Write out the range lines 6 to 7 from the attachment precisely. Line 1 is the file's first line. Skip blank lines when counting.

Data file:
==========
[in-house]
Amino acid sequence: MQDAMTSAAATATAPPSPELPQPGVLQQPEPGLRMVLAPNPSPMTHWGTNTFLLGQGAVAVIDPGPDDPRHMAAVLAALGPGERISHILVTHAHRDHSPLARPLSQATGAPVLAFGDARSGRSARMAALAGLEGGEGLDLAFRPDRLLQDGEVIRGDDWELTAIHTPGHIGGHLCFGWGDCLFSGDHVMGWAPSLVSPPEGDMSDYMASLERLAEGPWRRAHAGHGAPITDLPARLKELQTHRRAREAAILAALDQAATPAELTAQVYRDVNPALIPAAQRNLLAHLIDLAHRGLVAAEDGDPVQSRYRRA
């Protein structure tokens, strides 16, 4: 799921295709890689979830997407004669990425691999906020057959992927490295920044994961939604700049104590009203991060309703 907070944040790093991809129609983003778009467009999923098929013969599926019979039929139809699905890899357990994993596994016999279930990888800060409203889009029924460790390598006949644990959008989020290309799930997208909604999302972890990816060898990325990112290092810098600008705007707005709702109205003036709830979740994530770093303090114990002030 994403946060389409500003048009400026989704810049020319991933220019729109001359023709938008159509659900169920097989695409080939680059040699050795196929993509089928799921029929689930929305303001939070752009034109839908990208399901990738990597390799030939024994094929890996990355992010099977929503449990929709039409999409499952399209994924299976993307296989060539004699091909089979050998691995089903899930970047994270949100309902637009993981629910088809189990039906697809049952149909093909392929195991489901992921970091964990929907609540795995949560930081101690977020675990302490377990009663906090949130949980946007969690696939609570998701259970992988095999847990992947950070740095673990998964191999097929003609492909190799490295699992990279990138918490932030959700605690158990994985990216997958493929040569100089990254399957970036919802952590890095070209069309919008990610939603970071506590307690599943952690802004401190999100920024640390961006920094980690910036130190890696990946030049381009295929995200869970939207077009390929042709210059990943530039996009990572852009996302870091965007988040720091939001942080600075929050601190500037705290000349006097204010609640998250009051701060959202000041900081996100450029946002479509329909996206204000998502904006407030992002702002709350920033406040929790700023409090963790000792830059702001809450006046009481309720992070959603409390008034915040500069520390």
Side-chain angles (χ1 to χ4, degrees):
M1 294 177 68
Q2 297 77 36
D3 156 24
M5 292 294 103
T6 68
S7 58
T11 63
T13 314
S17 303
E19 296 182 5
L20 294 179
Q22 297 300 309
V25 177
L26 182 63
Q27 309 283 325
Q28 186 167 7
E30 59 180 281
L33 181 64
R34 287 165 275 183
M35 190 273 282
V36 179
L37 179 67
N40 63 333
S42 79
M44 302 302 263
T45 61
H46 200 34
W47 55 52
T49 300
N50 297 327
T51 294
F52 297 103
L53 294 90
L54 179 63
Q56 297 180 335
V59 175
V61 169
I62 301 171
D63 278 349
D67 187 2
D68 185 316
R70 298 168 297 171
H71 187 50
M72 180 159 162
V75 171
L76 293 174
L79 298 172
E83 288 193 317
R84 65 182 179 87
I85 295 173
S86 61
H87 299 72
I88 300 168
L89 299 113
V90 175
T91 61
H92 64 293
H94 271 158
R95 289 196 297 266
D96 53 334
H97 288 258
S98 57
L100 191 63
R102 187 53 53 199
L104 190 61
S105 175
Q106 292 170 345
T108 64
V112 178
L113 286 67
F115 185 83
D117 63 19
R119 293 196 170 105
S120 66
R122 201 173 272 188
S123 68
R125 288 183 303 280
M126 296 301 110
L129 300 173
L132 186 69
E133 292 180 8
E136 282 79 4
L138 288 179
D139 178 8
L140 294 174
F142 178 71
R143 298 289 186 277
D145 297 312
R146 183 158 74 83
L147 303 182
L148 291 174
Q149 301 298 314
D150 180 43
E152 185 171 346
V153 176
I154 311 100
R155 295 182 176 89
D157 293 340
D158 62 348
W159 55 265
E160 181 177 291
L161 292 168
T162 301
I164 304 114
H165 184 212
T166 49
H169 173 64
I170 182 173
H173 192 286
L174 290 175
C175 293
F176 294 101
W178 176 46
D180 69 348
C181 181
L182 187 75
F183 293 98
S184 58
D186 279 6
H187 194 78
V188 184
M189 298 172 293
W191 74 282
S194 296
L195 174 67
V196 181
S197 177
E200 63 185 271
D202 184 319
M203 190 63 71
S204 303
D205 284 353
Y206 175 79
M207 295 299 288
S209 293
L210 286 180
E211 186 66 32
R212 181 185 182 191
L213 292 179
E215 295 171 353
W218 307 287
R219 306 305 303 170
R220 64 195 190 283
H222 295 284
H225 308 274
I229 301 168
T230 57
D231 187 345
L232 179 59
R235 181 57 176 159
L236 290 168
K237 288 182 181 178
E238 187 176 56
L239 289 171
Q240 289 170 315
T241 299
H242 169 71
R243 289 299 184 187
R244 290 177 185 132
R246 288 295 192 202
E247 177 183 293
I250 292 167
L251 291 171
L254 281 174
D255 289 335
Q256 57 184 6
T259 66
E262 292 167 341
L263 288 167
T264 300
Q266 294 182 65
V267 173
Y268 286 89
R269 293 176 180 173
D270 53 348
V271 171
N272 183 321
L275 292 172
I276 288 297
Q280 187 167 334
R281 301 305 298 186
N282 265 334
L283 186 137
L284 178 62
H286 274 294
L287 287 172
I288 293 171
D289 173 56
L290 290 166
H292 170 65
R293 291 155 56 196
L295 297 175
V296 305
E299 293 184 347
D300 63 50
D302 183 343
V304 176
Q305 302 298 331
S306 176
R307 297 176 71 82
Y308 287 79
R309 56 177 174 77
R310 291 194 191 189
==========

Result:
Q2 297 77 36
D3 156 24